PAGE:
Representative Matt Gaetz (R-Fla.) was roundly criticized on the Right last week for voting for a joint resolution that many saw as a rebuke of President Trump’s decision to kill Qassem Soleimani, the leader of Iran’s elite Quds Force.
If the toothless concurrent resolution did contain a rebuke, it was not clear from the actual text. The resolution merely directed the president to terminate the use of U.S. armed forces in hostilities against Iran unless Congress declared war or specifically authorized such use or such use is necessary and appropriate to defend against an imminent attack upon the United States.
The resolution also contained several uncontroversial findings —including that “the United States has an inherent right to self-defense against imminent armed attacks,” that “Iranian General Qassem Soleimani was the lead architect of much of Iran’s destabilizing activities throughout the world,” and that the “War Powers Resolution requires the President to consult with Congress ‘in every possible instance’ before introducing United States Armed Forces into hostilities.”
Gaetz explained his vote on Tucker Carlson’s Fox News program. He noted the resolution did not criticize the president and also that it did not say that the United States was wrong to kill Soleimani. The resolution simply restated Congress’ constitutionally protected war powers, as enumerated in Article 1, Section 8.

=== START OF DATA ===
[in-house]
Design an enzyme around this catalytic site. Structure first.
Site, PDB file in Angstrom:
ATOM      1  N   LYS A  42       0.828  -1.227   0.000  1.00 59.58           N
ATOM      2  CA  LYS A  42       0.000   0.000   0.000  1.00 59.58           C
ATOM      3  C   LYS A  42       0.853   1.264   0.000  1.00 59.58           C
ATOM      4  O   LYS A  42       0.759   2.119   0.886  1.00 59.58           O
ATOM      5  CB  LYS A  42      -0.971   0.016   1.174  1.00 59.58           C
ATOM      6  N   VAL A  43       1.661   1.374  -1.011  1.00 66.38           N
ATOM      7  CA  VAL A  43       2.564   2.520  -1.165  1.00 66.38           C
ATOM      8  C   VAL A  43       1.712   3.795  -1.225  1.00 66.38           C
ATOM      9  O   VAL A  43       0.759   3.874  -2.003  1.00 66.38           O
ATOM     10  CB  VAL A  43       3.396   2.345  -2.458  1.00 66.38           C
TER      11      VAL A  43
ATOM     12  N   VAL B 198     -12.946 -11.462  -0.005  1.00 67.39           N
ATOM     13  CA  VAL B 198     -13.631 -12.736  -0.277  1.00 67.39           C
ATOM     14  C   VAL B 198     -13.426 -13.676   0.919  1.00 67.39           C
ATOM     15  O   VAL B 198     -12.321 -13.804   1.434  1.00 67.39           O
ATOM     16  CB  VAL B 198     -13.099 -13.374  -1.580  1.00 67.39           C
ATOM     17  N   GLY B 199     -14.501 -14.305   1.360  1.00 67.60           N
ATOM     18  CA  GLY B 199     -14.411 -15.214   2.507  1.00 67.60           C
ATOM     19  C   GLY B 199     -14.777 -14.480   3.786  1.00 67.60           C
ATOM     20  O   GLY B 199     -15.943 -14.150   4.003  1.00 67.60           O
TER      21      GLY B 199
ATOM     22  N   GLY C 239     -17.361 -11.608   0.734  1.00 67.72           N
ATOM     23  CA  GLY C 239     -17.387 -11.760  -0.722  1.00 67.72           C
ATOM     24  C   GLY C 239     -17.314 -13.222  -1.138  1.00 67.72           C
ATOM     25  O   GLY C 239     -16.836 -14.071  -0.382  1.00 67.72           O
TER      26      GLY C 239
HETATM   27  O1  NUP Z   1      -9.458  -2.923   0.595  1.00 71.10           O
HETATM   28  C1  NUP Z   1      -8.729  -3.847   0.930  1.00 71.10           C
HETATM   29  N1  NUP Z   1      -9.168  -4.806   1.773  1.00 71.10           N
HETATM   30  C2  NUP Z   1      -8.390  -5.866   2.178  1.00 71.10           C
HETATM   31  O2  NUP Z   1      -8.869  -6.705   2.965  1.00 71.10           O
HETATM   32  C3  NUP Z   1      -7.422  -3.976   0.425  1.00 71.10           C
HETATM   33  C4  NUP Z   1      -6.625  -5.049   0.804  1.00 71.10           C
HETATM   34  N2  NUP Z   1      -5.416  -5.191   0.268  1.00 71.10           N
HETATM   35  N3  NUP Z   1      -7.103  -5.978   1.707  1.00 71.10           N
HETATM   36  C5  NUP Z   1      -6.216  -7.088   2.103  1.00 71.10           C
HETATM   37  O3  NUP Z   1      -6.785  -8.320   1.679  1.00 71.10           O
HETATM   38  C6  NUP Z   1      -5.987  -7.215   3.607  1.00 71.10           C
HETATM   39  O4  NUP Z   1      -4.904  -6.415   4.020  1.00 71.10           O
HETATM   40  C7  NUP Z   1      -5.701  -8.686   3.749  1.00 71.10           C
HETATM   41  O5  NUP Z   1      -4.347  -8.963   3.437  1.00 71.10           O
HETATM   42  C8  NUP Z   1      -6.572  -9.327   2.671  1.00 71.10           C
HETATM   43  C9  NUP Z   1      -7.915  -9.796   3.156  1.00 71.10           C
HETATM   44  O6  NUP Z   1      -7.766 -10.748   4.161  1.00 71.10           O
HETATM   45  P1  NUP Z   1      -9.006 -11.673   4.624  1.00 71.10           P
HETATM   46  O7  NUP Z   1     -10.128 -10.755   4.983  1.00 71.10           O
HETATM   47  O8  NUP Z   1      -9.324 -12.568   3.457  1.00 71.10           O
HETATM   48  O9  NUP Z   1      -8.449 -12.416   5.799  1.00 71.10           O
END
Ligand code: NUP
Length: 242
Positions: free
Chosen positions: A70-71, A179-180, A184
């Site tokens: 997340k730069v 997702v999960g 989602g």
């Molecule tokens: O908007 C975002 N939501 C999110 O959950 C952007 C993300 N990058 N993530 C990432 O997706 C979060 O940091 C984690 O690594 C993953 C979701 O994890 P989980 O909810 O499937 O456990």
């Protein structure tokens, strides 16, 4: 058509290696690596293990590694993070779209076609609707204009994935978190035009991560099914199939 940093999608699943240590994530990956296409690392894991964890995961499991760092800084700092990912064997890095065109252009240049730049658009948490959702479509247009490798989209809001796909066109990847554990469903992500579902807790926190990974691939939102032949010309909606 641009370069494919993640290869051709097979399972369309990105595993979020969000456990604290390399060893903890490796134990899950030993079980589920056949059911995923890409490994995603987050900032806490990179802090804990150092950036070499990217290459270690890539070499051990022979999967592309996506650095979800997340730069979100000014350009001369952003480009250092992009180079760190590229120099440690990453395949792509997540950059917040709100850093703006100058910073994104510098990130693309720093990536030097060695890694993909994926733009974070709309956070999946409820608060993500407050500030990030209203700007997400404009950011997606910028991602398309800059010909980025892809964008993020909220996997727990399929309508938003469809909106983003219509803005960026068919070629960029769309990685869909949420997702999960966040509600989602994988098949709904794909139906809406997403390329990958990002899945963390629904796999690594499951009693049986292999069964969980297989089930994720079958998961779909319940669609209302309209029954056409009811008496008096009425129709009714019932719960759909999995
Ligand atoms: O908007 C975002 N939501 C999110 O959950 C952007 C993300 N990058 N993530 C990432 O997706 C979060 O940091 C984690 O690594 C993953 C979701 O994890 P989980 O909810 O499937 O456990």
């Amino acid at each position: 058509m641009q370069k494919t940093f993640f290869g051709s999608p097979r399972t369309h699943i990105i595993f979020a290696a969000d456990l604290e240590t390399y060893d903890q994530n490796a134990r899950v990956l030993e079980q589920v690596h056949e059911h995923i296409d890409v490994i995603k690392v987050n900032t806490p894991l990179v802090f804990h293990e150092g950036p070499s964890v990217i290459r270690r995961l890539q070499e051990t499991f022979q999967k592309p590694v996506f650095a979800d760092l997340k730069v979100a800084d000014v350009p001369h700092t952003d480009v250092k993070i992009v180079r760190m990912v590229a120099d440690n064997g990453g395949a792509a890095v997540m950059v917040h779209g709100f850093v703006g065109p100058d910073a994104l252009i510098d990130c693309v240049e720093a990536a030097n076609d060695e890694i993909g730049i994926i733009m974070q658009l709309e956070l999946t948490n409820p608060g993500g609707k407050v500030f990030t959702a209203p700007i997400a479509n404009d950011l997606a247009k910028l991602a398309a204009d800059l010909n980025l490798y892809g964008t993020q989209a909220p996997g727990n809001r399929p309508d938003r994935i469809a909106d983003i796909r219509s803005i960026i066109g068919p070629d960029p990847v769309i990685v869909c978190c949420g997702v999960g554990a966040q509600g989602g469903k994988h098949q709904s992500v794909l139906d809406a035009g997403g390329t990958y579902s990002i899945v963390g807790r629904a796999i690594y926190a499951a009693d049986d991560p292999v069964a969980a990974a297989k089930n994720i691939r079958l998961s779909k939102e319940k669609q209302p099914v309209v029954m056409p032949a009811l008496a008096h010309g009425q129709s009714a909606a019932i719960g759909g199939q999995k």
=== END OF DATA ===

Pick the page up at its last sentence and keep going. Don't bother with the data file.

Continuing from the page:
We should take Gaetz at his word and believe him when he says that he voted for the resolution on principle, believes that the president remained within his rights in ordering the killing of Soleimani, and continues to be one of President Trump’s staunchest supporters. Gaetz consistently has shown his temerity and steadfast loyalty both to President Trump and his ardent supporters.
But this entire debacle serves as a reminder of how dysfunctional our politics are.
Playing Into the Narrative
Even though the text of the war powers resolution may have been directly in line with the principles laid out in our Constitution, House Democrats obviously intended the measure to serve as a cudgel with which to publicly flog the president.
Even though the president has defended his actions by arguing that Soleimani’s killing was indeed necessary and appropriate to defend an imminent attack upon the United States and even though any sane observer can see that the president desperately wants to avoid war, the resolution nonetheless plays into the Democrats’ narrative that they are checking a bellicose and out-of-control president.
The whole vote on the resolution was designed by Pelosi to force Republicans either to vote against their principles or vote for a largely symbolic resolution that could be spun into a public relations disaster for the president. It was meant to cleave Republicans apart and to try to smear the president in public.
The resolution is tantamount to one calling on the president of the United States to terminate any domestic abuse of the first lady. Even if the pure text of such a resolution makes no claims that the president, in fact, abused the first lady, the obvious subtext is that he did. After all, why would we need such a resolution if he hadn’t?